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linux system administrator

It happens all the time. Sooner or later, every organization may run out of qualified UNIX system administrator / staff because of various issues. As a single admin you may have to do lots of work because other people in accouting, sales, or programmers may not have all the skills required to run servers. Also, I don't trust new people or people with Windows background. I also don't have a time for UNIX admin training for new person.

In short, to avoid overloading yourself, I recommend sudo. It allows you to delegate authority to give certain users or groups of users the ability to run some commands as root or another user while providing an audit trail of the commands and their arguments via a log file. With sudo you don't have to share root password with anybody. Another option is Pluggable Authentication Modules (PAM) under UNIX / Linux. Command tasks such can be delegated via sudo program:

  1. Start / stop / restart common services and configurations, e.g. Jboss, Tomcat, Apache, Mysql etc
  2. Shutdown / reboot server
  3. Backup data to tape
  4. Run other individuate tasks and commands as per requirements and so on.

Once you started to trust their skills sets, grant them more privileges or may be promote them as full time UNIX sys admins.

In totally unrelated news : Bill Gates, retired as chairman. Checkout the hits and misses of his leadership of Microsoft.

Understanding UNIX / Linux File System

A conceptual understanding of file system, especially data structure and related terms will help you become a successful system administrator. I have seen many new Linux system administrator without any clue about file system. The conceptual knowledge can be applied to restore file system in an emergency situation.
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Linux commands to help you navigate

As a Linux system administrator, you will need to find files in directories all over the file system. Especially those coming from a Windows background, often lost themselves while navigating file system.

Linux and other UNIX (BSD) OS offers an excellent collection of utilities, which can be use to finding the files and executables, remember you cannot memorize all the commands and files ;)
Commands to help you navigate:

  • file: Determines file types
  • which: Locates an executable in your PATH
  • whereis: Locates binaries and man page
  • find: Find the file
  • grep: Search for text/string in the named file name
  • strings: Find text string in a binary file

The which command

It is useful to locate a command. Some opertating system such as Solaris/HP-UX (even linux) have multiple homes. So you wanna find out which version you are going to use by order of the directories in your PATH variable. Try out following commands:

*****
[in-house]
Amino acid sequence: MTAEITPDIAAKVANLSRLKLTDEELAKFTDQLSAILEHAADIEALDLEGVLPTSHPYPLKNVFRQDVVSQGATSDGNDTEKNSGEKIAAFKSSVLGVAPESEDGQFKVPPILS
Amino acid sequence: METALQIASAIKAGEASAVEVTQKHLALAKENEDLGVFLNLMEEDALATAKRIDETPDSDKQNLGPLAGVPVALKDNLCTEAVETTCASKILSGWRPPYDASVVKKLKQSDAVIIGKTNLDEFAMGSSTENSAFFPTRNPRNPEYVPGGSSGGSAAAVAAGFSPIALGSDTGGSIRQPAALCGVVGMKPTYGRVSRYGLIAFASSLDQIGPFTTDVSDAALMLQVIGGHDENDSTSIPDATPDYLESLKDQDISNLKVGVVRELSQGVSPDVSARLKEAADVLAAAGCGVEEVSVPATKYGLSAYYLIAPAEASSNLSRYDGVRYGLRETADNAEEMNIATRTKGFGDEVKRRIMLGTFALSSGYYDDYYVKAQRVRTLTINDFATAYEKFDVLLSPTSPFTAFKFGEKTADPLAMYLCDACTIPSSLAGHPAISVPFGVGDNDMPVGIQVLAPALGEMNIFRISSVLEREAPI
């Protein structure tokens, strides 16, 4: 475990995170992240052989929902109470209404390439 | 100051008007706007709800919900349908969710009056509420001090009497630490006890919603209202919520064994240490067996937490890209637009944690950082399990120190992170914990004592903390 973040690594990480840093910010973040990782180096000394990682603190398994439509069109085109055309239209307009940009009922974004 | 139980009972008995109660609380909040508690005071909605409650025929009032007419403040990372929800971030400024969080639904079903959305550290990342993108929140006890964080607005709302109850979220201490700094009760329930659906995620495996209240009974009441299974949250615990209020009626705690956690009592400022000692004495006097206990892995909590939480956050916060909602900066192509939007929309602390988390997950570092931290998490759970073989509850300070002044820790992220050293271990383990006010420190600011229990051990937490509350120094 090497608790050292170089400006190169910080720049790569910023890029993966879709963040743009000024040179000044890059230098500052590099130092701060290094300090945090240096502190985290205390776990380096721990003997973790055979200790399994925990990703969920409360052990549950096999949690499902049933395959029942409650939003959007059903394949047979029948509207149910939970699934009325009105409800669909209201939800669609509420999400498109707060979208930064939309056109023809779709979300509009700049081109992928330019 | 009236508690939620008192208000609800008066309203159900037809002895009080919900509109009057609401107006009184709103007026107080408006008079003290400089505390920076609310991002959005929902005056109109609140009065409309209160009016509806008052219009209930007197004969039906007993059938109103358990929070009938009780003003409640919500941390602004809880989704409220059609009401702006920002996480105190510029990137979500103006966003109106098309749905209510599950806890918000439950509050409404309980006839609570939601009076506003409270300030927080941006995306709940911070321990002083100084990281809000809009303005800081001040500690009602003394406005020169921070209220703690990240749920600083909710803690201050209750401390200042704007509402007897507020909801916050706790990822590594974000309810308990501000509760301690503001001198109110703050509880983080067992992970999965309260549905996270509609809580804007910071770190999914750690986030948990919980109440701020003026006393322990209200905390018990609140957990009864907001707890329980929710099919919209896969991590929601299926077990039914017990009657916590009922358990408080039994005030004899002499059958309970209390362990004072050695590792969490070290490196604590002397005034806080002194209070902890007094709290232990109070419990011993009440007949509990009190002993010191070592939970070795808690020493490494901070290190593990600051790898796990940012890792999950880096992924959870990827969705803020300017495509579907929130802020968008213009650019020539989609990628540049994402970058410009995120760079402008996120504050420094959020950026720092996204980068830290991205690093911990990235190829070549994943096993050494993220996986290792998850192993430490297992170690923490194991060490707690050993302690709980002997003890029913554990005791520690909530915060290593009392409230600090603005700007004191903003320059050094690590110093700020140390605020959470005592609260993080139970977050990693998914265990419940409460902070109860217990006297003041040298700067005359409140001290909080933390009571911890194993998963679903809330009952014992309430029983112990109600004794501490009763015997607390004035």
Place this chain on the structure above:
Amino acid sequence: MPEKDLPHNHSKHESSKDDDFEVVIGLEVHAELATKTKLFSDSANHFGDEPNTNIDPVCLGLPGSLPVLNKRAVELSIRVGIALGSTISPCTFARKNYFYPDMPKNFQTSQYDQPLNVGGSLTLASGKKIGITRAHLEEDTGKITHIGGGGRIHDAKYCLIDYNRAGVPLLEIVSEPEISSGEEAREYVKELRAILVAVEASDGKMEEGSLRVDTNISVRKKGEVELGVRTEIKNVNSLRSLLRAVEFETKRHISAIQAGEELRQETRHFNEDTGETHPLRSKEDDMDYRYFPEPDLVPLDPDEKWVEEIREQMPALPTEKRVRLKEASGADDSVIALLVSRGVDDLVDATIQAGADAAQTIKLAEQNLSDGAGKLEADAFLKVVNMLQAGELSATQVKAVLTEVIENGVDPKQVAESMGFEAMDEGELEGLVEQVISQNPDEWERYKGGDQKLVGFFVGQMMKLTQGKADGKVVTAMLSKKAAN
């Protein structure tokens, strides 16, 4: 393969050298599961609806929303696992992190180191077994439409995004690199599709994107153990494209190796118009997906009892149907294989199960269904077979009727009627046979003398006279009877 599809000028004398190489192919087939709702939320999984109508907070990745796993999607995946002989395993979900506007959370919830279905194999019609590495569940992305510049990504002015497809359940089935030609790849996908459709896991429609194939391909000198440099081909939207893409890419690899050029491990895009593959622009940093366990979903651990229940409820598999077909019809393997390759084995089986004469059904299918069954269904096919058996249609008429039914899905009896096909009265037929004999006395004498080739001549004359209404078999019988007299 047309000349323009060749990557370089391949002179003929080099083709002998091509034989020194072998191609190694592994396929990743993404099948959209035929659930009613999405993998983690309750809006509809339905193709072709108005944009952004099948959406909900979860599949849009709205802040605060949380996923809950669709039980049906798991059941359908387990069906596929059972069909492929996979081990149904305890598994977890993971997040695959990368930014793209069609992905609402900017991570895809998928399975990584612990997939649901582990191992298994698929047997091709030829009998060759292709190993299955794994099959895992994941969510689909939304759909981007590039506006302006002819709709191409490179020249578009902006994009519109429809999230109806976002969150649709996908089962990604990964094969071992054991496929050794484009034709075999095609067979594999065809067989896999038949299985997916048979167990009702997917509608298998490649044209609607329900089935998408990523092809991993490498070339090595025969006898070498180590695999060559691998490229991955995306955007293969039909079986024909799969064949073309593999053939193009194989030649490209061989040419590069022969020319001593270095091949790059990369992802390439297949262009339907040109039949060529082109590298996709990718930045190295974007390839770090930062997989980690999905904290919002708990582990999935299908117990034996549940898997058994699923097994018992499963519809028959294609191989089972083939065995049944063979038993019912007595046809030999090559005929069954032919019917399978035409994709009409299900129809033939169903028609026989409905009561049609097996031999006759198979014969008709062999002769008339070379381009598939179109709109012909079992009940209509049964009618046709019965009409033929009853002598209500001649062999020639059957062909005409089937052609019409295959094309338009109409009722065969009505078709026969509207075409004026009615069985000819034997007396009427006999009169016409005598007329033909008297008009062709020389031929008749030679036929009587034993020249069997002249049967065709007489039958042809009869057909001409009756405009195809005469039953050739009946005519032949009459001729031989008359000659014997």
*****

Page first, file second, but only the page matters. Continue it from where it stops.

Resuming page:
$ which ls
$ which vi
$ which vim

The file command

You would like to find out if a command is a shell script or a binary file or simply cannot recognize file by its extension then use file command to determine file type.
$ file /usr/sbin/useradd

/usr/sbin/useradd: ELF 32-bit LSB executable, Intel 80386, version 1 (SYSV), for GNU/Linux 2.2.0, dynamically linked (uses shared libs), stripped

Let us try another example:
# file /etc/shadow

/etc/shadow: ASCII text

But wait sec, you don't have to type full command path:
$ file $(which adduser)

/usr/sbin/adduser: perl script text executable

The whereis command

It locates binaries and man pages. When you get message command not found then use whereis command to locate binary file. For example ifconfig command:
$ ifconfig

bash: ifconfig: command not found

Now locate ifconfig binary, enter:
$ whereis -b ifconfig

ifconfig: /sbin/ifconfig

So let us try the full path, enter:
$ /sbin/ifconfig

The grep command

The grep command can search for text or strings such as IP address, domain names and lots of other stuff inside a text file. Often new Linux sys admin forgets to configuration file names. However, you can use grep to find out those configuration file name. For example, find out the file containing IP address
# grep -R "" /etc/* | less

Find out kernel driver module bttv configuration file name, so that you can remove the driver:
# grep -R "bttv" /etc/* | less<

The strings Commands

The grep command is useful to search a text file, if you would like to find text string in a binary file then use strings command.
# strings /usr/bin/users

You might think this is stupid idea to search inside binary file for text string. Well, no it is not a stupid idea. For example, you would like to quickly find out if internet service supports tcpd access control facility via /etc/hosts.allow and /etc/hosts.deny files (read as tcp wrappers) or not. Let us find out if sshd server support tcpd or not:
# strings $(which sshd)| grep libwrap

libwrap refuse returns

The find Command

Use find command to find the files. Find all files belonging to the user charvi:
# find / -user charvi

Remove all core dump files
# find / -name core -exec rm -i{}\;

Please see more find command examples here and here. For more info please read the man pages of find, grep, file, which.